When the trial court believes that counsel's misbehavior or improper conduct warrants rebuke, the trial court must attempt to do so in a manner that does not disfavor one party to the jury. See Gomez v. State, 751 So.2d 630, 632 (Fla. 3d DCA 1999) (“The trial court retains the ultimate responsibility for the proper conduct of trial counsel and trial proceedings in her courtroom.”). Thus, in such instances, the court should make every attempt to admonish counsel outside the hearing of the jury. Id. at 633 (“When objections are sustained and the trial court considers it proper to admonish counsel, it should be done outside the jury's presence. However, if counsel continues to engage in improper comments and arguments, the trial judge should admonish counsel and advise them that future improper tactics will cause counsel to be rebuked before the jury. This has a magical effect!”); Medina v. Variety Children's Hosp., 438 So.2d 138 (Fla. 3d DCA 1983).
In Whitenight v. International Patrol & Detective Agency, Inc., 483 So.2d 473 (Fla. 3d DCA), review denied, 492 So.2d 1333 (Fla.1986), for example, among other comments made, the trial judge indicated that plaintiff's counsel was wasting the court's and the jury's time, and the comment was overheard by at least one juror. The circumstances of that case warranted reversal. Id. at 475. Here, under circumstances more egregious, the trial court's repeated rebuke of Vaughn's counsel in the presence of the jury clearly placed the trial judge in an adversarial position to Vaughn's counsel and prevented the trial judge from exercising the fairness and impartiality required to ensure that all parties receive a fair trial.
Moreover, we believe that the court impermissibly commented on the evidence when, as counsel for Vaughn was attempting to establish the date and approximate time of the accident through the testimony of a witness, the court exclaimed, “We don't know that. That's not been established. There's no evidence in the record of that․ I've heard no evidence in the record that the accident even happened, for that matter.” This commentary was not only directed to the testimony of the witness but clearly revealed the judge's view of all of the evidence presented by Vaughn up to that point as he attempted to prove the elements of his cause of action. In order to ensure that all litigants receive a fair trial, the courts adhere to the general principle that “[a] trial court should scrupulously avoid commenting on the evidence in a case.” Whitfield v. State, 452 So.2d 548, 549 (Fla.1984). This general principle has been codified in section 90.106, Florida Statutes (2003), which provides that “[a] judge may not sum up the evidence or comment to the jury upon the weight of the evidence, the credibility of the witnesses, or the guilt of the accused.” The Law Revision Council's Note appended to this statute reveals that the basis for this enactment emanates from Hamilton v. State, 109 So.2d 422, 424-25 (Fla. 3d DCA 1959), which explained:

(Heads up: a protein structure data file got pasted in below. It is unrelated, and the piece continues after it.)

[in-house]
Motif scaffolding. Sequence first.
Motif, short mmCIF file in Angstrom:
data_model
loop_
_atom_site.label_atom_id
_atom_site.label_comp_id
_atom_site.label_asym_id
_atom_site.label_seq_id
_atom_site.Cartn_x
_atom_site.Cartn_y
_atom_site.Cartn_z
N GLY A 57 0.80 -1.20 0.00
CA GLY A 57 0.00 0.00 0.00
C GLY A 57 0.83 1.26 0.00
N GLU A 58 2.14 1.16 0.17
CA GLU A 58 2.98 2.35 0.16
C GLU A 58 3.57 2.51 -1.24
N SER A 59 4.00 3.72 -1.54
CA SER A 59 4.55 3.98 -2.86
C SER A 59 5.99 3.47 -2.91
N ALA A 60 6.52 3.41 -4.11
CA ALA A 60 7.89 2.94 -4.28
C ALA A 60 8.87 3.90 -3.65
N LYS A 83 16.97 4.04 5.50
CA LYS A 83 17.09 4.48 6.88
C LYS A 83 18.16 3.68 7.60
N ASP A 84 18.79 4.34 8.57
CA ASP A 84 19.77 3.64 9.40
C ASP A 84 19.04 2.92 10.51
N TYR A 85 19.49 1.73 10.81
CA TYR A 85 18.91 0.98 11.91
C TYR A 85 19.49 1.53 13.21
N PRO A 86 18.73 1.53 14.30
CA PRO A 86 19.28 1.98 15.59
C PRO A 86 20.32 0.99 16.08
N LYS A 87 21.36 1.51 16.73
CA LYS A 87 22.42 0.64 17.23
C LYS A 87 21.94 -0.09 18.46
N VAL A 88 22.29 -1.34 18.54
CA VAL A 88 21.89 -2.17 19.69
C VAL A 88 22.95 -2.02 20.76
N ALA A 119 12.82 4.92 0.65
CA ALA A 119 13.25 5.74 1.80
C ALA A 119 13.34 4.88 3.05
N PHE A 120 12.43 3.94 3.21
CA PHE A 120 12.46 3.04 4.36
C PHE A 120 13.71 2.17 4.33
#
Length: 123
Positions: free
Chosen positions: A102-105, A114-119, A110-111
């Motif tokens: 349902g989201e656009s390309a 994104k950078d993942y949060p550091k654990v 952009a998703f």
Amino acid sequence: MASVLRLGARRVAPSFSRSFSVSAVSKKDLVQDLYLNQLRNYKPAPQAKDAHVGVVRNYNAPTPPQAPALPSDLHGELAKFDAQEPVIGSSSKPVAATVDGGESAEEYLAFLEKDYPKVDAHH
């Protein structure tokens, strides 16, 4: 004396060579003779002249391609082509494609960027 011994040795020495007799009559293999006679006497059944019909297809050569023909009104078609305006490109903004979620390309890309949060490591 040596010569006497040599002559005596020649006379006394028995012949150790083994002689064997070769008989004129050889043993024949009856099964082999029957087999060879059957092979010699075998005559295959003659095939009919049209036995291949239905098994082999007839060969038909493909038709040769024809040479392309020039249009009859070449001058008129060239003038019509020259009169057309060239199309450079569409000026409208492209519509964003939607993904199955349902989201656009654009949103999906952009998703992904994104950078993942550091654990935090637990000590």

The dominant position occupied by a judge in the trial of a cause before a jury is such that his remarks or comments, especially as they relate to the proceedings before him, overshadow those of the litigants, witnesses and other court officers. Where such comment expresses or tends to express the judge's view as to the weight of the evidence, the credibility of a witness, or the guilt of an accused, it thereby destroys the impartiality of the trial to which the litigant or accused is entitled.
The record reveals that the cumulative effect of the trial court's conduct in the instant case may have improperly influenced the jury. Vaughn argues that the remarks made by a juror who was forced to leave the trial early evidences the impact the trial court's remarks may have had on the jury:
THE COURT: Thank you, Mr. Nelson. I invited you here this morning to tell us about the problem that you are involved with in connection with your jury service. Would you tell these gentlemen and lady what you told the bailiff earlier today.
MR. NELSON: Yes, sir. First off, yesterday afternoon you asked us if this is going any longer would it cause any problems. I didn't know it would because I thought things were fine at work. I work for a small company. Eight people. That's it. We're gun import.
THE COURT: Just slow it down a little bit. She has to write all this down.
MR. NELSON: All right. Which means all the paperwork has to be right. Day-to-day, I usually handle this. I have a couple of people that work with me that aren't used to doing the same thing that I am. They're beginning to run into problems because I'm not there to do my job. It's becoming detrimental to the company that I'm not there. I thought they could struggle through this week, minor inconvenience, go back next week. Minor problem. Not like that any longer.
Secondly, I just found out that I'm not being paid for the whole time I'm here, and the difference between my paycheck is where I'm going to run into problems financially.
Lastly, if I'm asked to stay here, I don't think I could be as objective as I started out being because I know where most of the time is being eaten up, and that's going to make me resent the plaintiff. And that's pretty much it.